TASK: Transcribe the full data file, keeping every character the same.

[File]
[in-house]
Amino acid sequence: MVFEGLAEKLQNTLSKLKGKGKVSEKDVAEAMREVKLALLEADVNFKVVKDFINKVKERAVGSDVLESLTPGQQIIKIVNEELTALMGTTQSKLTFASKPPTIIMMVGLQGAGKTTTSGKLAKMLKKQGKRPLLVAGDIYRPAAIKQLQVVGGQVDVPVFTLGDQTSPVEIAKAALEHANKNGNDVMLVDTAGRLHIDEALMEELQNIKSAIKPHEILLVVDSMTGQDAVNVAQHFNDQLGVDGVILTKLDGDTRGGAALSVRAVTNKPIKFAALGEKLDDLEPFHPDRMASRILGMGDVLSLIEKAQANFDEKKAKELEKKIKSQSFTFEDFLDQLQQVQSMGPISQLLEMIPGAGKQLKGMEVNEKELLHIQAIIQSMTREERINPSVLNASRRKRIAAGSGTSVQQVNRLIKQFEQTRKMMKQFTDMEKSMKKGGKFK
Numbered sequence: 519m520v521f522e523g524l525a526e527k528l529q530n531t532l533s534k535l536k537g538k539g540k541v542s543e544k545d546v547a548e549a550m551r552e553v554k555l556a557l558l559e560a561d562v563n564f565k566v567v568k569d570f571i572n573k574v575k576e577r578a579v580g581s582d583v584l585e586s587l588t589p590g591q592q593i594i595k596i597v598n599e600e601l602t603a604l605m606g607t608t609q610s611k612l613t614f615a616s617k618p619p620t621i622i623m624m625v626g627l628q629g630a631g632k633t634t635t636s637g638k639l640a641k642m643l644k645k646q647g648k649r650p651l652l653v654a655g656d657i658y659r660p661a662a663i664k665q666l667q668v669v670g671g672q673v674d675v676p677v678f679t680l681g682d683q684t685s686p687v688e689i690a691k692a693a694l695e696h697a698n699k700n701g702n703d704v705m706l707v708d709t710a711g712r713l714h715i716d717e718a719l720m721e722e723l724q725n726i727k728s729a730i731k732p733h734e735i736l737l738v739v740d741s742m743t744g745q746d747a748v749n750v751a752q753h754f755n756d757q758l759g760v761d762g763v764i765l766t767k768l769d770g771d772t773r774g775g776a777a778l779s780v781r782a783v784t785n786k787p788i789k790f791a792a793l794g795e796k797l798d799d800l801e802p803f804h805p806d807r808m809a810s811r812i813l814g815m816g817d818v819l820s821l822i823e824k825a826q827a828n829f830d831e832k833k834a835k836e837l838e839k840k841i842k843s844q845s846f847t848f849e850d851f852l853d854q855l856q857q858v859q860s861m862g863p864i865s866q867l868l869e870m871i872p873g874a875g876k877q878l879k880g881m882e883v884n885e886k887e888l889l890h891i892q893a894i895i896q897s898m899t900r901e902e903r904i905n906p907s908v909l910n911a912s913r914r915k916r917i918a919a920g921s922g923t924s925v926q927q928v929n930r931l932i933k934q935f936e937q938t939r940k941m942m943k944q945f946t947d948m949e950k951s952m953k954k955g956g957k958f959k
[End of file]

[in-house]
Amino acid sequence: MVFEGLAEKLQNTLSKLKGKGKVSEKDVAEAMREVKLALLEADVNFKVVKDFINKVKERAVGSDVLESLTPGQQIIKIVNEELTALMGTTQSKLTFASKPPTIIMMVGLQGAGKTTTSGKLAKMLKKQGKRPLLVAGDIYRPAAIKQLQVVGGQVDVPVFTLGDQTSPVEIAKAALEHANKNGNDVMLVDTAGRLHIDEALMEELQNIKSAIKPHEILLVVDSMTGQDAVNVAQHFNDQLGVDGVILTKLDGDTRGGAALSVRAVTNKPIKFAALGEKLDDLEPFHPDRMASRILGMGDVLSLIEKAQANFDEKKAKELEKKIKSQSFTFEDFLDQLQQVQSMGPISQLLEMIPGAGKQLKGMEVNEKELLHIQAIIQSMTREERINPSVLNASRRKRIAAGSGTSVQQVNRLIKQFEQTRKMMKQFTDMEKSMKKGGKFK
Numbered sequence: 519m520v521f522e523g524l525a526e527k528l529q530n531t532l533s534k535l536k537g538k539g540k541v542s543e544k545d546v547a548e549a550m551r552e553v554k555l556a557l558l559e560a561d562v563n564f565k566v567v568k569d570f571i572n573k574v575k576e577r578a579v580g581s582d583v584l585e586s587l588t589p590g591q592q593i594i595k596i597v598n599e600e601l602t603a604l605m606g607t608t609q610s611k612l613t614f615a616s617k618p619p620t621i622i623m624m625v626g627l628q629g630a631g632k633t634t635t636s637g638k639l640a641k642m643l644k645k646q647g648k649r650p651l652l653v654a655g656d657i658y659r660p661a662a663i664k665q666l667q668v669v670g671g672q673v674d675v676p677v678f679t680l681g682d683q684t685s686p687v688e689i690a691k692a693a694l695e696h697a698n699k700n701g702n703d704v705m706l707v708d709t710a711g712r713l714h715i716d717e718a719l720m721e722e723l724q725n726i727k728s729a730i731k732p733h734e735i736l737l738v739v740d741s742m743t744g745q746d747a748v749n750v751a752q753h754f755n756d757q758l759g760v761d762g763v764i765l766t767k768l769d770g771d772t773r774g775g776a777a778l779s780v781r782a783v784t785n786k787p788i789k790f791a792a793l794g795e796k797l798d799d800l801e802p803f804h805p806d807r808m809a810s811r812i813l814g815m816g817d818v819l820s821l822i823e824k825a826q827a828n829f830d831e832k833k834a835k836e837l838e839k840k841i842k843s844q845s846f847t848f849e850d851f852l853d854q855l856q857q858v859q860s861m862g863p864i865s866q867l868l869e870m871i872p873g874a875g876k877q878l879k880g881m882e883v884n885e886k887e888l889l890h891i892q893a894i895i896q897s898m899t900r901e902e903r904i905n906p907s908v909l910n911a912s913r914r915k916r917i918a919a920g921s922g923t924s925v926q927q928v929n930r931l932i933k934q935f936e937q938t939r940k941m942m943k944q945f946t947d948m949e950k951s952m953k954k955g956g957k958f959k